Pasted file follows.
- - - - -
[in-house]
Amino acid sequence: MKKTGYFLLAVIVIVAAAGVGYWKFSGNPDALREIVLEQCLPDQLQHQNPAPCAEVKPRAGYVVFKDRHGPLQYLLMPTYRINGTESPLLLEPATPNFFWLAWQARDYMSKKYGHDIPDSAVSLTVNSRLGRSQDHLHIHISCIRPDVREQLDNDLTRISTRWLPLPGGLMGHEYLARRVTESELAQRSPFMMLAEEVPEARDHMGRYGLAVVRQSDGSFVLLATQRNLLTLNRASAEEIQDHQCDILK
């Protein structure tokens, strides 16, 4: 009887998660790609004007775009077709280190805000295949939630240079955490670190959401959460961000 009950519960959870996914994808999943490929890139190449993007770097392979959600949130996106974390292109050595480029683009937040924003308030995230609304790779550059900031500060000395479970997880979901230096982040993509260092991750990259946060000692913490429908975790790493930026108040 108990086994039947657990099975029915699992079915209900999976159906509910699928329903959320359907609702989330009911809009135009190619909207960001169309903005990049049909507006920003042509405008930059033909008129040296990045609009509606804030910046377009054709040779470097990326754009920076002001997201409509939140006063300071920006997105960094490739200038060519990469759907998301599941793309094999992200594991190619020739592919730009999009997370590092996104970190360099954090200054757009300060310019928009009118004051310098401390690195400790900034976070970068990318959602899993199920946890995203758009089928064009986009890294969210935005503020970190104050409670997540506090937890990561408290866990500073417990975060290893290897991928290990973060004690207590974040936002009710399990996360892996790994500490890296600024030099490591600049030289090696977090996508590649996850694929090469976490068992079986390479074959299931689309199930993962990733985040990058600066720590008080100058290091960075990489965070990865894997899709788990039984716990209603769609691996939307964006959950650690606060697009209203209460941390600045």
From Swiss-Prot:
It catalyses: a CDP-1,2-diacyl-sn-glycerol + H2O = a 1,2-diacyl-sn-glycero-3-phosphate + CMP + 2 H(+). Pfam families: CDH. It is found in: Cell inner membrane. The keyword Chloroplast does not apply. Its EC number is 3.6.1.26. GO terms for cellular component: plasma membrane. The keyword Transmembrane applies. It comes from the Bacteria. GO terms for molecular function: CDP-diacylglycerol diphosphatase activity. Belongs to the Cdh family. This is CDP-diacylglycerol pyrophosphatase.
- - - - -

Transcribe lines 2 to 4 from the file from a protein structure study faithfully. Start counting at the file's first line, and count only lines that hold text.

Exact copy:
Amino acid sequence: MKKTGYFLLAVIVIVAAAGVGYWKFSGNPDALREIVLEQCLPDQLQHQNPAPCAEVKPRAGYVVFKDRHGPLQYLLMPTYRINGTESPLLLEPATPNFFWLAWQARDYMSKKYGHDIPDSAVSLTVNSRLGRSQDHLHIHISCIRPDVREQLDNDLTRISTRWLPLPGGLMGHEYLARRVTESELAQRSPFMMLAEEVPEARDHMGRYGLAVVRQSDGSFVLLATQRNLLTLNRASAEEIQDHQCDILK
């Protein structure tokens, strides 16, 4: 009887998660790609004007775009077709280190805000295949939630240079955490670190959401959460961000 009950519960959870996914994808999943490929890139190449993007770097392979959600949130996106974390292109050595480029683009937040924003308030995230609304790779550059900031500060000395479970997880979901230096982040993509260092991750990259946060000692913490429908975790790493930026108040 108990086994039947657990099975029915699992079915209900999976159906509910699928329903959320359907609702989330009911809009135009190619909207960001169309903005990049049909507006920003042509405008930059033909008129040296990045609009509606804030910046377009054709040779470097990326754009920076002001997201409509939140006063300071920006997105960094490739200038060519990469759907998301599941793309094999992200594991190619020739592919730009999009997370590092996104970190360099954090200054757009300060310019928009009118004051310098401390690195400790900034976070970068990318959602899993199920946890995203758009089928064009986009890294969210935005503020970190104050409670997540506090937890990561408290866990500073417990975060290893290897991928290990973060004690207590974040936002009710399990996360892996790994500490890296600024030099490591600049030289090696977090996508590649996850694929090469976490068992079986390479074959299931689309199930993962990733985040990058600066720590008080100058290091960075990489965070990865894997899709788990039984716990209603769609691996939307964006959950650690606060697009209203209460941390600045």
From Swiss-Prot: